Additionally, skill level will play a bigger role in maximizing damage output in combos. Auto doubles allow for a fast and easy way of linking together moves, but potentially dish out less damage than the same combo that was linked using a more difficult to execute manual link.
Series classic combo-breakers have also undergone a change that requires more than just timing to execute. Combos can only be broken now by pressing both the punch and kick button simultaneously that corresponds to the strength of the combo being executed. For example: Press both medium buttons to break a medium combo. Learning animations and your opponents patterns will play a bigger role when it comes to breaking combos.
There will be a pretty in-depth training mode, according to Willette — about 40 lessons or so.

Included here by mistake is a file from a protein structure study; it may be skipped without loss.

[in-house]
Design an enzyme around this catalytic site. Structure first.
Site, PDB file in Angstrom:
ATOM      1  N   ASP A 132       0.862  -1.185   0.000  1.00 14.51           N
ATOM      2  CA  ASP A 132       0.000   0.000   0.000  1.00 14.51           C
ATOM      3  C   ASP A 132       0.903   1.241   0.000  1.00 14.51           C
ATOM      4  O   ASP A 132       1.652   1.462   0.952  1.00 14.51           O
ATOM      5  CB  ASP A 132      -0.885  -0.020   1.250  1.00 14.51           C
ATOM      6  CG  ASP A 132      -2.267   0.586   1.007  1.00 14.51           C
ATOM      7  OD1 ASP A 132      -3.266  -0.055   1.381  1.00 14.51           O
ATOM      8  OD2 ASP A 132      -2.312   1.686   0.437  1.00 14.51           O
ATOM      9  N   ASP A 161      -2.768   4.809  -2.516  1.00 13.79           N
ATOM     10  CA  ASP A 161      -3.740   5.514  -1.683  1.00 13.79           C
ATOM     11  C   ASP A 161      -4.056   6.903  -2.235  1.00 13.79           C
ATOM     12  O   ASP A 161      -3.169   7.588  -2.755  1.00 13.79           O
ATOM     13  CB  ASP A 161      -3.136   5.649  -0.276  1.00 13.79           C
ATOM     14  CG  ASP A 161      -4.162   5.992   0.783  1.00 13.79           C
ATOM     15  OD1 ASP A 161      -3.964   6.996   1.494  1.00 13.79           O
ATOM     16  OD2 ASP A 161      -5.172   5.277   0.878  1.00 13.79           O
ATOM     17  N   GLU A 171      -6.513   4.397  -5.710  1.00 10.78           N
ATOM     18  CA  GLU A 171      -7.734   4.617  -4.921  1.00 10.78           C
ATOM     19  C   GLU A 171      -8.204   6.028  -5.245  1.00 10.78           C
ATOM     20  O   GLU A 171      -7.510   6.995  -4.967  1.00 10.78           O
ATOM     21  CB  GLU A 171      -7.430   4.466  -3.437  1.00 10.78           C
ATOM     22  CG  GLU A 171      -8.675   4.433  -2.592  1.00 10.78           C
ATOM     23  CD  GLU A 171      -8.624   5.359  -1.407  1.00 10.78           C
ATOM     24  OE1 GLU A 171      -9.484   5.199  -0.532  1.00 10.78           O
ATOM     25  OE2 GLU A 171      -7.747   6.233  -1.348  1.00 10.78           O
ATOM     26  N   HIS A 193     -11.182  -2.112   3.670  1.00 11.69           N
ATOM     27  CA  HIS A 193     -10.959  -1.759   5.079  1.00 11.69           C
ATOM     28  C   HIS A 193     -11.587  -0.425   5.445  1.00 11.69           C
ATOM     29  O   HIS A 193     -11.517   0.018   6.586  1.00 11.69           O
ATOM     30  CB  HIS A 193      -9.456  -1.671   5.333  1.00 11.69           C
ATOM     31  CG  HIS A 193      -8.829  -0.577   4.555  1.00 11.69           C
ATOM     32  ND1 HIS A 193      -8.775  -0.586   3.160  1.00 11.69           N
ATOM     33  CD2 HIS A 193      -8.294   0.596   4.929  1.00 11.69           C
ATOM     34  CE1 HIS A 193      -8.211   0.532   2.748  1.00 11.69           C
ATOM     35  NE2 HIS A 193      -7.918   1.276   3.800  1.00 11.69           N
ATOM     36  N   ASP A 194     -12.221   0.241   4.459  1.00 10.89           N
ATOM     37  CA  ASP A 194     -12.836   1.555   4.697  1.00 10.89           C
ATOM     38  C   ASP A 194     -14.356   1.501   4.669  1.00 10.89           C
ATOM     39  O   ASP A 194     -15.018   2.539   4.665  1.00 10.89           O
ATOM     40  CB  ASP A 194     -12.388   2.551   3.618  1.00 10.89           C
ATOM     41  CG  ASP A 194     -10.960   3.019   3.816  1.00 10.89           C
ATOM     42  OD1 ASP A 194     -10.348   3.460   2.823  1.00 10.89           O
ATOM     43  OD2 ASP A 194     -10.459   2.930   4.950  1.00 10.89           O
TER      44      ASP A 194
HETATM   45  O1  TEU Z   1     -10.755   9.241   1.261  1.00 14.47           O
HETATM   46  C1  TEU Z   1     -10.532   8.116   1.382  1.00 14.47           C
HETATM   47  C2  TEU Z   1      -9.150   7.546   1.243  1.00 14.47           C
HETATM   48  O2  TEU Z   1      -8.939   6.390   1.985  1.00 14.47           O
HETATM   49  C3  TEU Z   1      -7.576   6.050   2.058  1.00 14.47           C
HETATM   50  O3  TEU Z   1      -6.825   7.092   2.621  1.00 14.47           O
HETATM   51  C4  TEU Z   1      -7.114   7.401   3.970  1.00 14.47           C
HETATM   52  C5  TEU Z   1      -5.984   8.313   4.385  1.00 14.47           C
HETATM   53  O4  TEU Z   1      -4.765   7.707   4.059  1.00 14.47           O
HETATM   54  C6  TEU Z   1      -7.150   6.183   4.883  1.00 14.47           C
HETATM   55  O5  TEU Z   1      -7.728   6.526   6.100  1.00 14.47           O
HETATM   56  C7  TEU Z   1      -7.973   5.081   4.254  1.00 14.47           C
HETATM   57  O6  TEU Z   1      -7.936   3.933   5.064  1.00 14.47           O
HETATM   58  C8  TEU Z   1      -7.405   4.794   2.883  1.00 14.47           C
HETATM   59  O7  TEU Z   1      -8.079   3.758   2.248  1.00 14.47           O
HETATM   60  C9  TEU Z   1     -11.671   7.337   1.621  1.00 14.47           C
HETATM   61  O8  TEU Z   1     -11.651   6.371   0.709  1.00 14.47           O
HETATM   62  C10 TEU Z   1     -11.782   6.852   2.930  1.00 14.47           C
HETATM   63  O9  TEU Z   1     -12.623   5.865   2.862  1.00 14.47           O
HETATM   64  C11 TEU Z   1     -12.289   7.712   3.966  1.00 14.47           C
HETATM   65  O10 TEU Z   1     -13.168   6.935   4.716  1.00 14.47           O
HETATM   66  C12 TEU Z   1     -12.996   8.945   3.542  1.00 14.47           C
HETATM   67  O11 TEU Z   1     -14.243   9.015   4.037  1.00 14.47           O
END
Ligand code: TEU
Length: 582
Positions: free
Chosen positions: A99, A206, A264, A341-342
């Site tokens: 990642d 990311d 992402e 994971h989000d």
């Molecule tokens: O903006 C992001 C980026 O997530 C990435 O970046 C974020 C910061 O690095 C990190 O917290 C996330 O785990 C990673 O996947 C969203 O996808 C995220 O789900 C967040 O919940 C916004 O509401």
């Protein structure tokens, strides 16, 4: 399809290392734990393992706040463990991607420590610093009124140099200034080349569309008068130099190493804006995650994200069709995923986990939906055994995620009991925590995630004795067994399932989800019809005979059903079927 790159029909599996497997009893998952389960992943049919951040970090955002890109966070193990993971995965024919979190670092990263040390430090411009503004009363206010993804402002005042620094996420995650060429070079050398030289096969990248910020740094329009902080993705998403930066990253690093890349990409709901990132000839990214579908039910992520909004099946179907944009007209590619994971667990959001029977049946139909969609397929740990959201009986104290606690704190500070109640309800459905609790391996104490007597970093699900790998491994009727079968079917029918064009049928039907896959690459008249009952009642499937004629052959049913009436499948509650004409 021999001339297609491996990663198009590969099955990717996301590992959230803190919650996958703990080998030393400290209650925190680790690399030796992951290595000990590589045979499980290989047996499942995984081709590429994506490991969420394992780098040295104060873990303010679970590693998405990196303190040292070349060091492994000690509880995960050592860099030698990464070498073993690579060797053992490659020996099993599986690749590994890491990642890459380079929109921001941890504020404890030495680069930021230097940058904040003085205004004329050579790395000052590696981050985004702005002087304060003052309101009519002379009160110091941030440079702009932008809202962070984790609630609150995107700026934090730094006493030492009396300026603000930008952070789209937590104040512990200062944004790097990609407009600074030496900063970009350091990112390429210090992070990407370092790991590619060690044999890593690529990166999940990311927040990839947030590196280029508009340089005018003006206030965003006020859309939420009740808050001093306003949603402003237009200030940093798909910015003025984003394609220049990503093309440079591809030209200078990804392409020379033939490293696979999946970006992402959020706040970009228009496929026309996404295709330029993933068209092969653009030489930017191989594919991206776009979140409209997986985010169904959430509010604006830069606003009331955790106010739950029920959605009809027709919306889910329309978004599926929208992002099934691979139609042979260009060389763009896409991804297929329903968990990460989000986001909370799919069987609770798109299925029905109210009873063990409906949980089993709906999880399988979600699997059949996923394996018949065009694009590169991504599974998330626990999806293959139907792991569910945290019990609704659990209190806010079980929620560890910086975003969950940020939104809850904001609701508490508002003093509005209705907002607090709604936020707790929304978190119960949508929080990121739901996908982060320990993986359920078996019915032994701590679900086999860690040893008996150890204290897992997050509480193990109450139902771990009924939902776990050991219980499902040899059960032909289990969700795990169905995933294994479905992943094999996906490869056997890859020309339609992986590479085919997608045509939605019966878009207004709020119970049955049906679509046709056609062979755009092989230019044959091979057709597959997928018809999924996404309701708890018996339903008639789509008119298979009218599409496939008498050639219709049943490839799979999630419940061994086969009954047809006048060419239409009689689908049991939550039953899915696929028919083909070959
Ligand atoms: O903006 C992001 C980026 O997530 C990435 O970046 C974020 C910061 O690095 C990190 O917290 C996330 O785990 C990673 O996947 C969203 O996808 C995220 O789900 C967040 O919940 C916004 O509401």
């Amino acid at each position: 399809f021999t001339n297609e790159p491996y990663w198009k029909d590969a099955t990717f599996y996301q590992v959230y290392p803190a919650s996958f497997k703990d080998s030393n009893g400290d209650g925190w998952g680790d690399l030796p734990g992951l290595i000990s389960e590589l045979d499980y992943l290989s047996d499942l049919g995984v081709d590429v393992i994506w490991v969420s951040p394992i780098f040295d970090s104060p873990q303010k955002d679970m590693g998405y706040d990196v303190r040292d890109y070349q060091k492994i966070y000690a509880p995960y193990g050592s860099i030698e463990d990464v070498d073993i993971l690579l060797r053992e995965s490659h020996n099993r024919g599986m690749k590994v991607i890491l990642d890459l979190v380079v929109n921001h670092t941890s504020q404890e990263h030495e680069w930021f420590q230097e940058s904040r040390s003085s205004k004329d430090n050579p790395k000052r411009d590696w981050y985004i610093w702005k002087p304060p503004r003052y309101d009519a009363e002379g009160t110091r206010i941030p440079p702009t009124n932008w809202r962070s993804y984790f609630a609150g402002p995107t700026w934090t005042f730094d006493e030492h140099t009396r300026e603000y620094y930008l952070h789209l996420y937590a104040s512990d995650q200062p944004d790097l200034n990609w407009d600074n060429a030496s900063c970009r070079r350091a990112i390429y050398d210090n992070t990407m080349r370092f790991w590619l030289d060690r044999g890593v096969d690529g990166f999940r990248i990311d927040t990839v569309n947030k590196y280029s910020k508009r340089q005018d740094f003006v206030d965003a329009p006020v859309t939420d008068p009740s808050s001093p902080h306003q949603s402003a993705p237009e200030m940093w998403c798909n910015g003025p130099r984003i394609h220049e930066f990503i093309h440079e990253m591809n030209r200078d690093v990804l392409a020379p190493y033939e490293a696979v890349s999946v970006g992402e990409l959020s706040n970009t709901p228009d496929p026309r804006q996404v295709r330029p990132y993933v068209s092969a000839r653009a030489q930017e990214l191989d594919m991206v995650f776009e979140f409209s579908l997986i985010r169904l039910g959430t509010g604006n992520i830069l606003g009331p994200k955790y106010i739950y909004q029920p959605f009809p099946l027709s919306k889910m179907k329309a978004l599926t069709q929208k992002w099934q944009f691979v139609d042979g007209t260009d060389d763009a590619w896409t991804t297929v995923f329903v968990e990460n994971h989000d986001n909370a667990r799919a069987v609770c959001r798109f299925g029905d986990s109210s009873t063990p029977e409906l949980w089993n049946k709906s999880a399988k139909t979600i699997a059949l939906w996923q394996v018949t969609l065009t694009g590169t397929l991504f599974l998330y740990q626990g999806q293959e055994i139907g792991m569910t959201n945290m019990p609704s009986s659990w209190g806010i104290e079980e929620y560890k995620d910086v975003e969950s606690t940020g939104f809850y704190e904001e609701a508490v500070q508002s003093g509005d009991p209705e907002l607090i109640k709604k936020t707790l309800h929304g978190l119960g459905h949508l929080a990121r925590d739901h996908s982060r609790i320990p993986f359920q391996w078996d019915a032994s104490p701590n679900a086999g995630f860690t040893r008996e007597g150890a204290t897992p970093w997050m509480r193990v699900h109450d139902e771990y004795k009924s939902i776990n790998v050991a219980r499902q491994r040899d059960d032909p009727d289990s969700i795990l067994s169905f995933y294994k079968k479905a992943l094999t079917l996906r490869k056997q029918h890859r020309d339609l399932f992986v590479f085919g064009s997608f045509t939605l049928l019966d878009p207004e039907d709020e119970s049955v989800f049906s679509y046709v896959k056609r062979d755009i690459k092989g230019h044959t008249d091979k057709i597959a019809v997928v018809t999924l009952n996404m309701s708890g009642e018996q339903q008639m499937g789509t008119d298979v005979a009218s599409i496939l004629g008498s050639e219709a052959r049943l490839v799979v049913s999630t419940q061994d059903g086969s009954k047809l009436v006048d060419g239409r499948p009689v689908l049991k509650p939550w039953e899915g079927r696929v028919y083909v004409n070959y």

So why show the game off on two national stages with button mashing and some poorly-worded trash talking? Double Helix seems pretty hyped on what they’ve created.
“I think the training mode is going to please a lot of people,” Verfaillie said. “It will literally take you from never have played a fighting game to being competent in Killer Instinct. And then there’s a whole other set of advanced levels where we go into stuff like resets and other high-level things.”
Willette even added a juicy tidbit about the games practice mode.
“We’re going to put stuff into our practice mode, stuff the fighting game guys want. You’re going to be able to turn on hitboxes, you’re going to be able to see what your inputs are. Being able to see where your frames are active and what they’re covering… it’s going to be huge.”
Again, pretty cool stuff.
Listen, it’s not too late to save Killer Instinct. You’ve got a team with fighting games in its background: Weaponlord, Street Fighter 2 Turbo, and Skullgirls. Sure it’s a team with a lot to prove, but so was Rare when the company made Killer Instinct 19 years ago.
Evo, the one place the fighting game community will be in troves, is right around the corner. It’s the place that can make or break the game.You’re showing off Glacius and announcing a new character; a perfect chance for damage control. Just do me a favor and don’t f*ck it up.